Word count: 5075

Castle On The Hill

There's another knight standing at the bottom of the tower, his armor clanking as he yells for the dragon to 'let go of the fair and kind princess, or be ready to taste my wrath'.

It's the third one this week and Charlie has honestly had to stop counting how many came over the past year. It really is ridiculous, and he can't believe people are still going on quests to bring him back when no one ever succeeds.

"Do they even know you're not actually a princess?"

Charlie scowls. Backing away from the window, he sits on the garnet red sofa Draco is already half-sprawled onto.

"Don't remind me. I can't believe they're still going on with that, and I have no idea how they keep finding us!"

"Well, dragons do usually go after princesses," Draco points out, his silvery eyes laughing. "And you did manage to find me – I can imagine your knights might do the same," he adds with a shrug.

"They're not my knights."

"Sorry, Charlie, but they kind of are. They were sent to bring you back home, weren't they?"

They've had that argument too many times for Charlie to dignify that with an answer.

"What's with the princess thing anyway?" He asks instead, changing the subject. "I can't imagine anything would be worth being stalked by those knights."

Draco laughs, a low rumbling sound that echoes off the walls and makes the room seem bigger. Almost despite himself, Charlie feels a smile tug at the corner of his lips. "They can be entertaining," Draco finally shrugs.

"You mean you like to see them run off in fear," Charlie replies dryly.

"You do too."

"Well, some of them can be pretty stupid," Charlie admits.

Outside, the knight seems to have abandoned his shouting in favor of trying to climb the tower. Charlie is almost impressed – it usually takes them longer to get that idea. He is less impressed by the fact that the man didn't even think to take off his heavy armor before. It wouldn't help him reach the top – that was impossible to anyone they didn't allow up – but it was still common sense.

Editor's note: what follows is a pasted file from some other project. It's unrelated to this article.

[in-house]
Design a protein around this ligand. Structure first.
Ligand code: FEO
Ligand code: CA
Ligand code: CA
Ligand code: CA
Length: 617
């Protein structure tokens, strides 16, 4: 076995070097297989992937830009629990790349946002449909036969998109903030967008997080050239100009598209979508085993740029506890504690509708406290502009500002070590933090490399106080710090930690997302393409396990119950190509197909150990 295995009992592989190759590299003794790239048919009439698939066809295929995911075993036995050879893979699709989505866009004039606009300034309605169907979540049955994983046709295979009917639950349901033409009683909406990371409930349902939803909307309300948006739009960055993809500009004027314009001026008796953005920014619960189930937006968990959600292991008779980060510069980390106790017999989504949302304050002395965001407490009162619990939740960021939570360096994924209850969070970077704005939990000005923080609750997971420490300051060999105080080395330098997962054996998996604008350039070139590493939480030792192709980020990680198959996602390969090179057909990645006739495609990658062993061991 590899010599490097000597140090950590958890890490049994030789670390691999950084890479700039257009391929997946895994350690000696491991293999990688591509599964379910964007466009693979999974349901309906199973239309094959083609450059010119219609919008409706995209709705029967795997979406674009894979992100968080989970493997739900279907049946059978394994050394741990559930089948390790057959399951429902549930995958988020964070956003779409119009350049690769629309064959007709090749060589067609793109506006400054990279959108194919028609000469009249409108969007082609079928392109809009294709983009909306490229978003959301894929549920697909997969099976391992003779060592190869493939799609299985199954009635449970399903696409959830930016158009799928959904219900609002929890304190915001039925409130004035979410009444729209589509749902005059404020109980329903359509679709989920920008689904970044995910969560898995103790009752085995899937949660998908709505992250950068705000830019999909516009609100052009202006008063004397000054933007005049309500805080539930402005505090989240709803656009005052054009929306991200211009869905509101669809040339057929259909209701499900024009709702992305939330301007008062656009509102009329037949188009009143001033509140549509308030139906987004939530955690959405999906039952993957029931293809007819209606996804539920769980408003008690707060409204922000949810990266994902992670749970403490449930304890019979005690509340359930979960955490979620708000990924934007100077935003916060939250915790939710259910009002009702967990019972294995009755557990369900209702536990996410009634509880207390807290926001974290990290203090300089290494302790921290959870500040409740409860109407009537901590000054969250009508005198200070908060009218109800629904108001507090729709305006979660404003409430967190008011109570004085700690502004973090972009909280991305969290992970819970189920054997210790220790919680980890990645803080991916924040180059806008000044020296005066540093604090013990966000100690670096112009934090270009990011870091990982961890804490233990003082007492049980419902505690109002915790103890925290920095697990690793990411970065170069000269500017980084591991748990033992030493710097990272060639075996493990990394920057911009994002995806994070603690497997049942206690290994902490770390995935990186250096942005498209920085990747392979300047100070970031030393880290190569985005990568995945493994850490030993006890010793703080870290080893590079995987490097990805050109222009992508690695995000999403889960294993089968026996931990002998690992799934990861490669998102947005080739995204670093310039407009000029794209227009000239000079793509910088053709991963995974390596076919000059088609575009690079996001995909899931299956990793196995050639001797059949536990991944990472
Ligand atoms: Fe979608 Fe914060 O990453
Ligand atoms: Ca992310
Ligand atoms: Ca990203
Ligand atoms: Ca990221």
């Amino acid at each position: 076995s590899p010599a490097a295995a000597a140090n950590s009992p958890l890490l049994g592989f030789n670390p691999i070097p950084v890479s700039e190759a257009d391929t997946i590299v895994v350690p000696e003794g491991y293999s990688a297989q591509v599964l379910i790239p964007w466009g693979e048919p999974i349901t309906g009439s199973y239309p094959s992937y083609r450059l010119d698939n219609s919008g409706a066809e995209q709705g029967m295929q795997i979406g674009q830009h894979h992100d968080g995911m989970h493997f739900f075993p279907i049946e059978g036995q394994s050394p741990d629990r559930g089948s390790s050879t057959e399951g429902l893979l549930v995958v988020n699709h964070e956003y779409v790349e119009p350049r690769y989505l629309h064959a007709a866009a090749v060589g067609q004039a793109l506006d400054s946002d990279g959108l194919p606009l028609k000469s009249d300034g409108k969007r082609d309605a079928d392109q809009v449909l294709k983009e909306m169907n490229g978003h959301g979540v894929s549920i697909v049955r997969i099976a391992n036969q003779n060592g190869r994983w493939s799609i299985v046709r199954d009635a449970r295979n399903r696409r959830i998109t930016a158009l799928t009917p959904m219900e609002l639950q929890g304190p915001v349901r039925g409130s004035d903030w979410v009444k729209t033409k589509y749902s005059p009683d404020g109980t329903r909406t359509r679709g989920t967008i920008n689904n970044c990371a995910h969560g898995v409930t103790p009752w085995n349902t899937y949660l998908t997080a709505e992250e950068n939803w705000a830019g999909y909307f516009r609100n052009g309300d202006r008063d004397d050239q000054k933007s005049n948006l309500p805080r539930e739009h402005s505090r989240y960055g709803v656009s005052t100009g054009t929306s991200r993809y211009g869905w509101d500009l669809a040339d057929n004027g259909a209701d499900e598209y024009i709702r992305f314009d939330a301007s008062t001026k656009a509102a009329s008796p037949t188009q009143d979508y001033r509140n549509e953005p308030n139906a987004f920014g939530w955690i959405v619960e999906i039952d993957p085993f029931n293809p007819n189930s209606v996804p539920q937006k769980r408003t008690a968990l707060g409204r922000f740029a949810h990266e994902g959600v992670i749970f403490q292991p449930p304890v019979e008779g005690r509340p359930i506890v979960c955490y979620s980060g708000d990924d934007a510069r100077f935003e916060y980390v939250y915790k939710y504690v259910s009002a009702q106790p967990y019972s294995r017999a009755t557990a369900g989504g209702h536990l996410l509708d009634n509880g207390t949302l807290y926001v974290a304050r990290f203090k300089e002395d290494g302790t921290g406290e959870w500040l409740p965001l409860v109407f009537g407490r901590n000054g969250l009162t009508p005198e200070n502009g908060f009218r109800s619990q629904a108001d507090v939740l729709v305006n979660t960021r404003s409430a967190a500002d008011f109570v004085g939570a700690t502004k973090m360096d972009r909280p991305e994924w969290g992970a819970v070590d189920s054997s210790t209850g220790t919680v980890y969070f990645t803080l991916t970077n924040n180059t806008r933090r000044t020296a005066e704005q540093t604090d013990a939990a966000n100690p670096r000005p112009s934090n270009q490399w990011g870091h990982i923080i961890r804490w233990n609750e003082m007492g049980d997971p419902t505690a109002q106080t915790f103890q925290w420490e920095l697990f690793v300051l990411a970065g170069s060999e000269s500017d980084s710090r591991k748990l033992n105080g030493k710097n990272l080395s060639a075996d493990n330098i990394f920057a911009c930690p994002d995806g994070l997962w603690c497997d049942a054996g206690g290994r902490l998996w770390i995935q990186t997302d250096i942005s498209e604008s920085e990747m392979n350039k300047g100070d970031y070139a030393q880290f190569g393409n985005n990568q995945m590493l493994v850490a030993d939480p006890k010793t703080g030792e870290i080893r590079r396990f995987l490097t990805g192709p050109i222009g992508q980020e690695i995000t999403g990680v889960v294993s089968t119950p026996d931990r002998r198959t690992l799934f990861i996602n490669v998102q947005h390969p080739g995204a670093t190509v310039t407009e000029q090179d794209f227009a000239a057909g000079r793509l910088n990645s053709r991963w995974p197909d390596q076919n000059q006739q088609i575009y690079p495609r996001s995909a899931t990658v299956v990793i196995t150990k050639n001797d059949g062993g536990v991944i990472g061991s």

He and Draco share an exasperated look, and Draco starts a countdown from twenty. He's reached five when the sounds of 'don't worry princess, I'm coming' are replaced by cursing as the man falls.

Listening to the man try again and again grows boring rather quickly. Were it an option, he and Draco would leave and come back later – unfortunately, the last time they tried that, they came back to find that the knight of the day had nearly started a forest fire.

"Want me to take care of it?" Draco asks, smoke already curling around his face.

For a moment, Charlie considers it, before shaking his head. "No, it's fine. And it's my turn anyway."

"That is true," Draco acknowledges, and settles back into the sofa.

Sighing, Charlie moves to grab his staff. Honestly, were he to tell anyone of how lazy dragons actually are, no one would believe him.

With his staff in hand, it is the work of an instant to teleport outside, right in front of his would be rescuer.

"And now the evil beast sends his dark wizard!" The knight starts to rant, pointing his finger accusingly at Charlie. "This must mean I am getting closer," he crows victoriously. "Fear not, fair princess," he yells toward the tower, "I will defeat him and rescue you!"

Rolling his eyes, and in no mood to keep listening to the man's ranting – honestly, who is he saying all this for? It's not like there's anyone interested in hearing it after all – Charlie waves his staff.

It is a thing of beauty – he took the wood with him from the palace when he ran, but the core comes from Draco. It's the scale he lost the last time a hunter got too close, grounded up in a thin powder that Charlie mixed with his blood, and it channels his magic like nothing else.

It takes him no words at all to freeze the man in place and silence him, but erasing his memories of this place and ensuring he can't find it again is harder work, and requires the long Latin incantations he's always hated having to learn.

Once the knight is on his way, Charlie teleports back inside the tower.

"You were faster this time," Draco remarks.

"Well, I am getting a lot of practice these days," Charlie points out with a smile. "But now that this is dealt with, what do you say about going outside for a while?"

"You want to go see the nests again, don't you?" Draco replies, throwing him an unimpressed look.

Charlie simply shrugs, unashamed. "Of course I do. They are amazing, after all."

It seems to be the right word, because Draco gets up and leads them outside.

Despite having seen it a hundred times, it always amazes him to witness the way Draco just seems to shimmy off his human body to reveal the dragon underneath.